Anthology on Base Excess

O.Siggaard-Andersen, 1994-05-31 (revised 2004-01-25)

Definition of base excess and concentration of titratable hydrogen ion:

Base Excess is defined as the negative value of the concentration of titratable hydrogen ion in blood or plasma, i.e. it may be determined directly experimentally. The endpoint of titration is pH = 7.40 at pCO2 = 5.3 kPa at T = 37.0 °C.

When the initial pH is below 7.40 the titration is carried out with a strong hydrogen ion binder (e.g. NaOH), and the result is a positive value for the concentration of titratable hydrogen ion, indicating an excess of titratable hydrogen ion. When the initial pH is above 7.4 the titration is carried out with a strong hydrogen ion donor (e.g. HCl), and the result is a negative value for the concentration of titratable hydrogen ion, indicating a deficit of titratable hydrogen ion.

In principle the titration should be carried out without changing any other components than H+ (and Cl-) and CO2; the effect of adding H2O or Na+  (together with OH-) during the titration should be evaluated and corrected for. The concentration of total oxygen should be constant.

With opposite sign base excess equals the concentration of titratable hydrogen ion. Since hydrogen ion is the chemical component of interest, the author now prefers to use this quantity rather than base excess. Unfortunately the term base excess does not directly indicate that the quantity refers to hydrogen ions or hydrogen ion binding groups. The term base formerly referred to cations, and unfortunately often it still does.

Direct titration must be considered to be the reference method. In practice the concentration of titratable hydrogen ion is determined by calculation based on a knowledge of the titration curve of blood or plasma together with the actual pH.

Definition of extracellular fluid and a model of the extracellular fluid:

The extracellular fluid including the blood is not accessible for direct sampling. Therefore the titration must be based on a model of the extended extracellular fluid, obtained by diluting the arterial blood with its own plasma to obtain a buffer value similar to the average buffer value of the total extracellular fluid (including blood). Empirically this is achieved by a three fold dilution of the blood. The base excess of the extracellular fluid is constant during acute in-vivo changes in pCO2 and hence the best parameter of a pure metabolic (non-respiratory) acid-base disturbance. It is often called the Standard Base Excess.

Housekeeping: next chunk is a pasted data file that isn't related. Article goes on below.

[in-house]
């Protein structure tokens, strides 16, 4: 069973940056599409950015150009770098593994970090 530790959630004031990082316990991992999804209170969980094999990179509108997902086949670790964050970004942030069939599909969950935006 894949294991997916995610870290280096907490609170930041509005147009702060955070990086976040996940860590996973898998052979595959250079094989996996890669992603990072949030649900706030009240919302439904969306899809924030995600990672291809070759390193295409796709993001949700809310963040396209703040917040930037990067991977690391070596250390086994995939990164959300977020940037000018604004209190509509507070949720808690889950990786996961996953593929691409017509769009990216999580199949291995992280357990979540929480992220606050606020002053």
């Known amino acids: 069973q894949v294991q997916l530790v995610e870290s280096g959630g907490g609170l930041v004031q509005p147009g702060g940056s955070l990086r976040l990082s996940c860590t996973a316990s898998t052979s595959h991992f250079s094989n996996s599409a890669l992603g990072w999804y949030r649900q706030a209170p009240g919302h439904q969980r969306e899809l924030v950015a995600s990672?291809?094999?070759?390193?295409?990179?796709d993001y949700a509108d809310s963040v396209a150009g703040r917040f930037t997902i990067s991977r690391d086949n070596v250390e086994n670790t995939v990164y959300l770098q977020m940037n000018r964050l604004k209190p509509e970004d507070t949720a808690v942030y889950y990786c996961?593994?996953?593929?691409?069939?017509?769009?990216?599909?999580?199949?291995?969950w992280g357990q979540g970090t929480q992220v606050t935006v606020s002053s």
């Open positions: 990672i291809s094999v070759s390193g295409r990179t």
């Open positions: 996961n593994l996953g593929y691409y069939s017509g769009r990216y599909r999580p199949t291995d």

The Van Slyke equation for whole blood:

In actual practice the concentration of titratable hydrogen ion, ctH+B, is determined by calculation. The most recent version of the Van Slyke equation can be found in the OSA computer program, which is constantly updated, and freely available from the authors (Mads and Ole Siggaard-Andersen).

ctH+B = – (1 – ctHbB/ctHb°) · [(cHCO3-P – cHCO3-°)  + βB · (pHP – pH°)]

ctHbB:  the concentration of total hemoglobin in blood.

ctHb° =  43 mmol/L, an empirical constant accounting for plasma-erythrocyte bicarbonate distribution.

cHCO3-P =  αCO2P · pCO2 · antilog(pHP – pK), concentration of bicarbonate in plasma.

αCO2P = 0.23 (mmol/L)/kPa, solubility coefficient of CO2 in plasma at T°.

pCO2: carbon dioxide tension in blood.

pHP: pH of the plasma phase.

pK  = 6.10, the (-log) equilibrium constant for the CO2 /HCO3- equilibrium in plasma.

cHCO3-° = 24.5 mmol/L, reference bicarbonate concentration at pH°, pCO2°, and T °.

pH° = 7.40, the reference pH value.

pCO2° = 5.33 kPa, the reference pCO2 value.

T° = 37 °C, a standard temperature to which all the other quantities refer.

βB = βmHb° · ctHbB + βP, buffer value of non-bicarbonate buffers in blood.

βmHb° = 2.3, apparent molar buffer value of hemoglobin (monomer) in whole blood.

βP = βmAlb° · cAlbP + βwGlb° · ρGlbP + βmPO4° · cPO4,  buffer value of non-bicarbonate buffers in plasma, default value: βP° = 7.7 mmol/L.

βmAlb° = 8.0, molar buffer capacity of albumin.

cAlbP: concentration of albumin in plasma; default value 0,65 mmol/L.

βwGlb° = 0.075 mol/kg, apparent specific buffer capacity of plasma globulins.

ρGlbP: mass concentration of globulins in plasma.

βmPO4° = 0.309, molar buffer capacity of phosphate ion at pH°.

cPO4: concentration of inorganic phosphate in plasma.

βP ≈ βwPr° · ρPrP.

βwPr° = 0.11 mol/kg, specific buffer capacity of total protein in plasma.

ρPrP: mass concentration of total protein in plasma; default value 70 g/L.

The Van Slyke equation for plasma:

If ctHbB = 0, then the equation for whole blood gives titratable hydrogen ion in plasma.

The Van Slyke equation for extracellular fluid:

ctH+Ecf is calculated by replacing ctHbB with the overall extracellular hemoglobin concentration, defined as  ctHbEcf = ctHbB · VB/VEcf, where VEcf includes VB. ctHbEcf is estimated as ctHbEcf = ctHbB/3.

When the hemoglobin concentration or hematocrit is measured, as it is with modern pH-blood gas analyzers combined with a CO-oximeter, it is recommended to take the patient hemoglobin into account for derivation of ctHbEcf. If the blood hemoglobin concentration is unknown, then a default value of 9 mmol/L is used, i.e. ctHbEcf = 3 mmol/L. If the hematocrit (FEryB) is measured, the hemoglobin concentration may be estimated as: